A break away from the usual Monday slot for this series but we’re sure you’ll agree that it’s justified.
It might surprise you to learn that only one of the last 15 winners of the Champions League final have been wearing a change kit (Real Madrid against Juventus in 2017) – and it’s not just a case of it being a lucky charm to win the toss as only Manchester United, against Barcelona in 2009 and 2011, have lost finals since 2007 while wearing alternative strips.
By and large over the past decade and a half, the matchup for the decider has been such that no change was needed – the 2023 final between Manchester City and Internazionale will also see both clubs in their favoured colours.
Since the competition came into being as the European Cup in 1955, six finals have seen both teams wear change kits – and three of those instances have happened on May 24.
1989 – Milan 4 Steaua Bucharest 0
Both of Steaua’s final appearances were away-v-away matchups. They had won the competition in 1986 wearing white against a team in blue as Barcelona were beaten in a penalty shootout (1968, when Manchester United beat Benfica, was the first time both finalists changed) and there they were in blue against the white of Milan in Barcelona.
This was Milan’s third title – one of the previous two had been in the famous Rossoneri stripes – but 1989 and the 1990 final win over Benfica helped to create the legend of the lucky white kit in European finals.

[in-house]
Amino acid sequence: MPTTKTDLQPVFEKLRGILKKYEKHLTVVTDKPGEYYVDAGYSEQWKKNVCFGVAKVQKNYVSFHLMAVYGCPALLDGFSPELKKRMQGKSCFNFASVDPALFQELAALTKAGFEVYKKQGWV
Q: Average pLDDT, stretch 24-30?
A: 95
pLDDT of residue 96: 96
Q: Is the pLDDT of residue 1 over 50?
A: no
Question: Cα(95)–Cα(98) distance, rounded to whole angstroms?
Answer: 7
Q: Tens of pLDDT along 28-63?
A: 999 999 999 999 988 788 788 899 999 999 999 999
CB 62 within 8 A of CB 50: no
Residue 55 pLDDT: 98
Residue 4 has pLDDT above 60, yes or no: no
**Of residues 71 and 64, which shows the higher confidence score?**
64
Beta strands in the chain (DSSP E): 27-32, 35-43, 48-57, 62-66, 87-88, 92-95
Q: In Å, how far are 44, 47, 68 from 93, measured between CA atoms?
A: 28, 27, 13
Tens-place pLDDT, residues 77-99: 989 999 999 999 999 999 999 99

1995 – Ajax 1 Milan 0
Six years to the night later, Milan were again involved in a clash where both teams changed (the final falling exactly between 1989 and 1995 – 1992 between Barcelona and Sampdoria was another away-v-away).
It was the third meeting between Ajax and Milan that season as they had been in the same group and it was the third different kit match-up.
However, while Milan had demolished Barcelona on a 4-0 scoreline when wearing all-white in the 1994 final, here the magic failed to work and substitute Patrick Kluivert struck the late winner for Ajax in Vienna.
2000 – Real Madrid 3 Valencia 0
The first final between two teams from the same country remains the last to have had a double kit-change (coincidentally, that year’s Uefa Cup final between Galatasaray and Arsenal was also a double-change).
Madrid had worn a one-off navy kit in the 1998-99 Champions League and their new away for 1999-2000 was similar but it was black trimmed with amber. Valencia had an all-orange kit that reversed the colour-scheme of their home. It was the first and only appearance of Luanvi kits in the showpiece occasion.
Goals from Fernando Morientes, Steve McManaman and Raúl gave Madrid victory in Paris – while Valencia were back in the final the following year, they lost out there to Bayern Munich on penalties.